The small through-hole styles are available in the usual range of sizes, roughly 100 pF-10 uF. Low leakage and low dielectric absorption make small polypropylene capacitors suitable for integrators and sample-and-hold circuits. Moisture absorption is negligible. Only its higher temperature drift makes it inferior to polystyrene. Polypropylene has limited heat resistance (to 105°C), and is not found in surface mount.
Polyphenylene sulfide (PPS, Ryton, Torelina, Fortron) is another "newcomer", although it has long been used as an engineering plastic. It is found both SMD and in through-hole packages. It has many attractions, including low dissipation factor and very good heat resistance, a combination not found in other common capacitors. Dielectric absorption is fairly low. Probably the lowest for dielectric available in SMD. Moisture absorption is very low. One manufacturer says it has C0G-like electrical properties. This is a bit of an exaggeration but it is probably your best choice if you need a C0G-like capacitor >0.05 uF in SMD. PPS caps are commonly available to 150C. PPS is now being recommended as the main replacement for polycarbonate capacitors which may be going out of production. PPS's only serious drawback compared to polycarbonate is an increasingly high dissipation factor as the temperature goes above 100C. PPS has about the lowest temperature drift of film capacitors that still have good availability.
Teflon TFE is DuPont´s trade name for polytetrafluoroethylene or PTFE. Teflon is actually a blanket trademark for a variety of DuPont fluorocarbon polymers, 10-20 or so. About half have any commercial usage. PTFE is also sold under a number of other trademarks such as Fluoroplast-4 and Fluon PTFE. PTFE has very low leakage, very low dielectric absorption (probably the lowest in both cases), very low dissipation factor, a wide temperature range (to 200C for some), low temperature drift, negligible moisture absorption, and very good stability. It is about the best film capacitor for critical analog applications. Expensive, however, which is why you don't see them every day and few companies still make them. The film has exceptionally poor mechanical properties and inconsistent thickness, and manufacturers find it difficult to work with. It is hard to metallize and difficult to wind in large parts. Available from 0.001 to at least 2 uF. Have not seen them in SMD. Well, almost. CDE now makes a few Teflon SMD parts in very low values.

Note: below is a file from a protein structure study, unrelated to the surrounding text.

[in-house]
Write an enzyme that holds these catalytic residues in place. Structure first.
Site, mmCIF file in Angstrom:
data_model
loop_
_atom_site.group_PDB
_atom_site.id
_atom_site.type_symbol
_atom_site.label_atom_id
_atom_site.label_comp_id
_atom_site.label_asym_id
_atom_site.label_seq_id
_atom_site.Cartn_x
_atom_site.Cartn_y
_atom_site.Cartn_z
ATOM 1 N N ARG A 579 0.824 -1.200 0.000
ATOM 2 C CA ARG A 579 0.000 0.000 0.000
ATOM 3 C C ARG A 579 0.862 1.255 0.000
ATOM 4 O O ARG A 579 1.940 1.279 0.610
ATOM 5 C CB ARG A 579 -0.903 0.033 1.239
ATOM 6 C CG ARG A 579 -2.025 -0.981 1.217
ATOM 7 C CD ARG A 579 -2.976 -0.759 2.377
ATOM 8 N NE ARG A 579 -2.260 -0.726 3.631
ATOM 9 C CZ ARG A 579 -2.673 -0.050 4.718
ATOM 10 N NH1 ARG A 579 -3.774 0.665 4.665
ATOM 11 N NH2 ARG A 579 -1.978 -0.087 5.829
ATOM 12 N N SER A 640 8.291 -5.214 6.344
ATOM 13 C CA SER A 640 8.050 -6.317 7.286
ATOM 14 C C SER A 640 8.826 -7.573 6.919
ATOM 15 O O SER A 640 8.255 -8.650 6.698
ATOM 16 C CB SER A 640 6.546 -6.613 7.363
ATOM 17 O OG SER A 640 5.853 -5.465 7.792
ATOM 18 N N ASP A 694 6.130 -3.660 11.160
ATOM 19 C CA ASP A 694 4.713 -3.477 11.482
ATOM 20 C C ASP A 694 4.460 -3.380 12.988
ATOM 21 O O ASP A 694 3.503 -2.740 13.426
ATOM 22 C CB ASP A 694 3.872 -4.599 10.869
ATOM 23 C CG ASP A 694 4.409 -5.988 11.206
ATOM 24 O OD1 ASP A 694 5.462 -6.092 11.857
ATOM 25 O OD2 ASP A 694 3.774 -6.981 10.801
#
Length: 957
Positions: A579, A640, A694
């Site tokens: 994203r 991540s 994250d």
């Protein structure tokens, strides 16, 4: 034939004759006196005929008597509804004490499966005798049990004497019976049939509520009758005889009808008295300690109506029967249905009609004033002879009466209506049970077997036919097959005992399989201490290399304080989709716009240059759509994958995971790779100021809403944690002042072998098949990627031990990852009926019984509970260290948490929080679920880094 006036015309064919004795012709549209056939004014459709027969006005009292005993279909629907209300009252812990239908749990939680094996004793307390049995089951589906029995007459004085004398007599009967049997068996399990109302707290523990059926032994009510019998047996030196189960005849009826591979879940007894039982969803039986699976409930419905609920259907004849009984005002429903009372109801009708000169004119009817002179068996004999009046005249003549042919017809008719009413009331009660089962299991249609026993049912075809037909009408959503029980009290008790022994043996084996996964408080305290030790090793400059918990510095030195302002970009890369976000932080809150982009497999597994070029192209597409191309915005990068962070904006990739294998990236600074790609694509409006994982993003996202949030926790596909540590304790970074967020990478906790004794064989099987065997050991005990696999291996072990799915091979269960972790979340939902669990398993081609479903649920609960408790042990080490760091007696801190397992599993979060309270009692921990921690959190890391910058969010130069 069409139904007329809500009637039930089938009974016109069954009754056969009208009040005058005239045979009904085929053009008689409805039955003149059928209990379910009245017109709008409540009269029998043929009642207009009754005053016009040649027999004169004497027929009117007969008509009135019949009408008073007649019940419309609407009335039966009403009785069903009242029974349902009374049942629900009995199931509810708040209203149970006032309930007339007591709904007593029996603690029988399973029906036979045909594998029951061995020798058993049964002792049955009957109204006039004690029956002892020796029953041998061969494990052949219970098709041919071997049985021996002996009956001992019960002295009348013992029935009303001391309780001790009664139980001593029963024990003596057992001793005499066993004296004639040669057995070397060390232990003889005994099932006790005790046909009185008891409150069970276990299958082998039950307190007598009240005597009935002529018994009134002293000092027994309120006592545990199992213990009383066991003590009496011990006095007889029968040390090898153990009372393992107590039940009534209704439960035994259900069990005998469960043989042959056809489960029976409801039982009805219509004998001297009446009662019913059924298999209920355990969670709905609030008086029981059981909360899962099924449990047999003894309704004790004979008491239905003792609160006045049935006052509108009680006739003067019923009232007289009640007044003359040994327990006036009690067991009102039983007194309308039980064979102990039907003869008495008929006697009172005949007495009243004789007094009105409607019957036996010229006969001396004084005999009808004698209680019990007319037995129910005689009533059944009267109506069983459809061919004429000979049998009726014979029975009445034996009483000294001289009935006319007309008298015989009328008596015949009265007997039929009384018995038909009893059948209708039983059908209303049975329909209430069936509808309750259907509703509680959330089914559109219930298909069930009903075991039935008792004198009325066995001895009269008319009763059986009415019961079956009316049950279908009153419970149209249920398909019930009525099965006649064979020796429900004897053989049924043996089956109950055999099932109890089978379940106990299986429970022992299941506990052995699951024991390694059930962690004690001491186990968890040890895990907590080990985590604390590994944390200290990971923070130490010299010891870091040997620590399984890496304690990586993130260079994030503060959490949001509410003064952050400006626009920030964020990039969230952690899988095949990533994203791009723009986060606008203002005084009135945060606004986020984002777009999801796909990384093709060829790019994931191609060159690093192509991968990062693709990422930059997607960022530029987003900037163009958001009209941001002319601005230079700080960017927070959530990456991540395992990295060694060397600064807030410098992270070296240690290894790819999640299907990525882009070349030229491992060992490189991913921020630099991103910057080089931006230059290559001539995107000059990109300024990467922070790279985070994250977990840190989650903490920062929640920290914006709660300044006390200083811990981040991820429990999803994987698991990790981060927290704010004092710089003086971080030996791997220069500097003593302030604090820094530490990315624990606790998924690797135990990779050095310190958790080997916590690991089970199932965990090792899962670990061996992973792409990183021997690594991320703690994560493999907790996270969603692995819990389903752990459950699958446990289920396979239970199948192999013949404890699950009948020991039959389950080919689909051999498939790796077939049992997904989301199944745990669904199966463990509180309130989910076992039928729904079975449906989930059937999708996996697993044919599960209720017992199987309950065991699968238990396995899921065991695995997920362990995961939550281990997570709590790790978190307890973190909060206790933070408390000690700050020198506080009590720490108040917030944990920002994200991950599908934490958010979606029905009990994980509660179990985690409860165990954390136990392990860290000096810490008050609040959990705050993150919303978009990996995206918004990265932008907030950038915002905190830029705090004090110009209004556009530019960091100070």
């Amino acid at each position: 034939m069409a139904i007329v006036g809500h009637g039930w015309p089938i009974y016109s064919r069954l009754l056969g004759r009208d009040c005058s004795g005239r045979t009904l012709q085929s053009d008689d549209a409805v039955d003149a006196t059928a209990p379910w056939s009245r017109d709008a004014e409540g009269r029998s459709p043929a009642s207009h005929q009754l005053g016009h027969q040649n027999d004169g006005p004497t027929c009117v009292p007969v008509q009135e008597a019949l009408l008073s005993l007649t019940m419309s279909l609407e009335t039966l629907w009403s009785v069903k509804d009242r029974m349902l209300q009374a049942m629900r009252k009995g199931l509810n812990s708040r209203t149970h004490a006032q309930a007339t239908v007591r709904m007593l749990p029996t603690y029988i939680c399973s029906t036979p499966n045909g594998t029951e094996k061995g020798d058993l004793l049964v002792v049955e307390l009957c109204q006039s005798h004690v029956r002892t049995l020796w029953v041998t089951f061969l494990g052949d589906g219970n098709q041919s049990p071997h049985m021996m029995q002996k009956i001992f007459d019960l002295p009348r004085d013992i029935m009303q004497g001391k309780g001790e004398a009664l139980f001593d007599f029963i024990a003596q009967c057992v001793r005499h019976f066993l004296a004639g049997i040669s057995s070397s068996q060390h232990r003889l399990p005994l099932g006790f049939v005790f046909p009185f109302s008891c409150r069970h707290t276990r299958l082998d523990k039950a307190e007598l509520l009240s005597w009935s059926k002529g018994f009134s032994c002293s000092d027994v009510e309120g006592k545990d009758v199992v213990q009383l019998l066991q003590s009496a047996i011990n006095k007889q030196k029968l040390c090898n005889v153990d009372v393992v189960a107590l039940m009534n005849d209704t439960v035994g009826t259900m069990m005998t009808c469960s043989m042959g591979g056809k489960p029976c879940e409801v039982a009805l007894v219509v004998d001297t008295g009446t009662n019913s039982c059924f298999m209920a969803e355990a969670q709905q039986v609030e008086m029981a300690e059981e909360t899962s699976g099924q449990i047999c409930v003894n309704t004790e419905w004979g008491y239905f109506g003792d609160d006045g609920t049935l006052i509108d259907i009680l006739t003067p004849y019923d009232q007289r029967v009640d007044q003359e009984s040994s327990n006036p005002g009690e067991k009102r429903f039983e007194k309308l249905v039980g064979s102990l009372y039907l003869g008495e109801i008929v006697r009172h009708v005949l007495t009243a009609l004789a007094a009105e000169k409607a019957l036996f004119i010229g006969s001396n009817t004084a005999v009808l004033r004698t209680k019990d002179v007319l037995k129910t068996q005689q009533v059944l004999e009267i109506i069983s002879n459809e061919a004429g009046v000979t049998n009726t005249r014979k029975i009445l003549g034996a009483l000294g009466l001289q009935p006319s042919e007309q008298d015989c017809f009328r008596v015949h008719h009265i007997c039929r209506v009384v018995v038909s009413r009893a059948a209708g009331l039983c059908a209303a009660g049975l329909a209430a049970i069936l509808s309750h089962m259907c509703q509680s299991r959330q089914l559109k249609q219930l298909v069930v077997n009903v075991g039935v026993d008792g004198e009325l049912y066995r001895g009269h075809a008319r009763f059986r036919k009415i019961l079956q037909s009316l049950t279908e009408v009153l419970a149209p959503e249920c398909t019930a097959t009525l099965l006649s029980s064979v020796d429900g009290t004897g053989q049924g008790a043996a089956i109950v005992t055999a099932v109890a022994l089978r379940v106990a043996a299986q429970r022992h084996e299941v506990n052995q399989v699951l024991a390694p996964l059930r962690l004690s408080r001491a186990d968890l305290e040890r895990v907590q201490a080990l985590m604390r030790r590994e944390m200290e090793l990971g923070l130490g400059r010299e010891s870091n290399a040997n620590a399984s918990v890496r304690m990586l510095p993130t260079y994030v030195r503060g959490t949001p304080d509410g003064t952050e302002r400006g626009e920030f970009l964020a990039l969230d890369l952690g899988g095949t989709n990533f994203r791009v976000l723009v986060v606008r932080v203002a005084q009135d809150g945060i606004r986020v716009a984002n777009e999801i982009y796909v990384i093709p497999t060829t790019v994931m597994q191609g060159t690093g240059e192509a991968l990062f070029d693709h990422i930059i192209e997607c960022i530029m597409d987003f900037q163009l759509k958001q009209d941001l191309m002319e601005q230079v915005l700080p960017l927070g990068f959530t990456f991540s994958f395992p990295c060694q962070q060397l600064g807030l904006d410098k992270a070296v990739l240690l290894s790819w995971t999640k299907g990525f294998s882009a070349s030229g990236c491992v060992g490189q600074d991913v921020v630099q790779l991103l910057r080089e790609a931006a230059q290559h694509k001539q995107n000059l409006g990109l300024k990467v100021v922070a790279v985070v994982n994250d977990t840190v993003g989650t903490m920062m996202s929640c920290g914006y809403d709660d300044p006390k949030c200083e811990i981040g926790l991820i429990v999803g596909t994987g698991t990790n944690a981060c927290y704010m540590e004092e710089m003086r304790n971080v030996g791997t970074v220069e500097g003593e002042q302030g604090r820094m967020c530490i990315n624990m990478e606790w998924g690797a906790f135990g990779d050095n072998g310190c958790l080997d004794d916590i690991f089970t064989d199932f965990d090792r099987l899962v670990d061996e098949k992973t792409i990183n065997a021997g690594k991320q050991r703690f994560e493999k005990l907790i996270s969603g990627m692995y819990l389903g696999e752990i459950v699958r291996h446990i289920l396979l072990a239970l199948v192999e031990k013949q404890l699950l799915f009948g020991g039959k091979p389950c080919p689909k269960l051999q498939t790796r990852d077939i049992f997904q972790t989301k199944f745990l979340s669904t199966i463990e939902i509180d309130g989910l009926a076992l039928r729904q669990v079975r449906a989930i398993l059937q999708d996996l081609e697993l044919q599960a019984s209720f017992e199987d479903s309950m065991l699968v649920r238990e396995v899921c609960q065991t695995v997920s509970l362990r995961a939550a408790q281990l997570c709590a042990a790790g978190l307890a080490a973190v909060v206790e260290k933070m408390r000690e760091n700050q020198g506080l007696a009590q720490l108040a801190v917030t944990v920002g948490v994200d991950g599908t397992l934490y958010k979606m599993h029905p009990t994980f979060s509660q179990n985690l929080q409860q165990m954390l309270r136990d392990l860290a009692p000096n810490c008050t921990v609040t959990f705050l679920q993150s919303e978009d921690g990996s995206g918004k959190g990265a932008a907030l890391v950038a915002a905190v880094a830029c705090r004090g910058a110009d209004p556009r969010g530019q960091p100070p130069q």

Which Teflon? Both PTFE and FEP are used. Manufacturers rarely say which one they are using but it's (almost) always PTFE. FEP has a low dissipation constant and good heat resistance like PTFE, but better mechanical properties I think. Both films have very poor availability and it's not certain that any given manufacturer will be able to deliver parts at this time. A Chinese company, Mianyang Prochema Commercial Co.,Ltd., says they make PFA capacitor film. I have never seen capacitors made from PFA however.
Companies that advertise Teflon capacitors include:
High Temperature Film Materials:
There is a growing demand for higher temperature capacitors. This has been lead in large part by the military and aerospace, but also by automotive and down-hole oil and gas industries. Most common films are usable to no more than 125C.
Teflon PTFE is traditional. It's usable to at least 200C and is good stuff in general. Expensive and it's supply is uncertain.
Aerovox UltraTherm is a modified polypropylene material usable to at least 140C. Patent pending.
Dupont Teijin Films has a material called Teonex HV usable to 150C. No information on just what it is. Possibly a modified PEN.
Electronics Concepts has an material called Thermakon usable to 150C.
Dearborn has a material called fluorene polyester usable to 250C. Developed with the help of the Air Force.
Double click to edit
http://www.newark.com/ LCR Components has many part numbers, but not cheap
http://www.eci-capacitors.com/ I believe these guys make their own film
http://www.kitsandparts.com/caps_poly.php XICON polystyrene capacitors, whoever they are.
http://www.justradios.com/polystyrene.html Very good selection, plus various other parts, including kits. I have to wonder who makes them.
http://electrocube.com/ Recently, Electrocube started advertising PTFE parts, both foil and metallized.
http://www.scr.fr/en/products/power Teflon FEP capacitors, probably the only ones to make them. We are from France.
http://www.eci-capacitors.com/ Electronic Concepts, series MT1 Teflon capacitors which are hermetic.
http://www.semco-usa.com SEMCO is really a mica specialist, but apparently makes some Teflons in small values
https://www.solen.ca/pub/index.php?s1=1&a=2 Small Teflon FEP caps at high prices. Solen sells audio parts, speakers etc. Solen says they are made in France.
http://www.ebay.com Ebay always has lots of Russian Teflon capacitors. Don't know anything about them.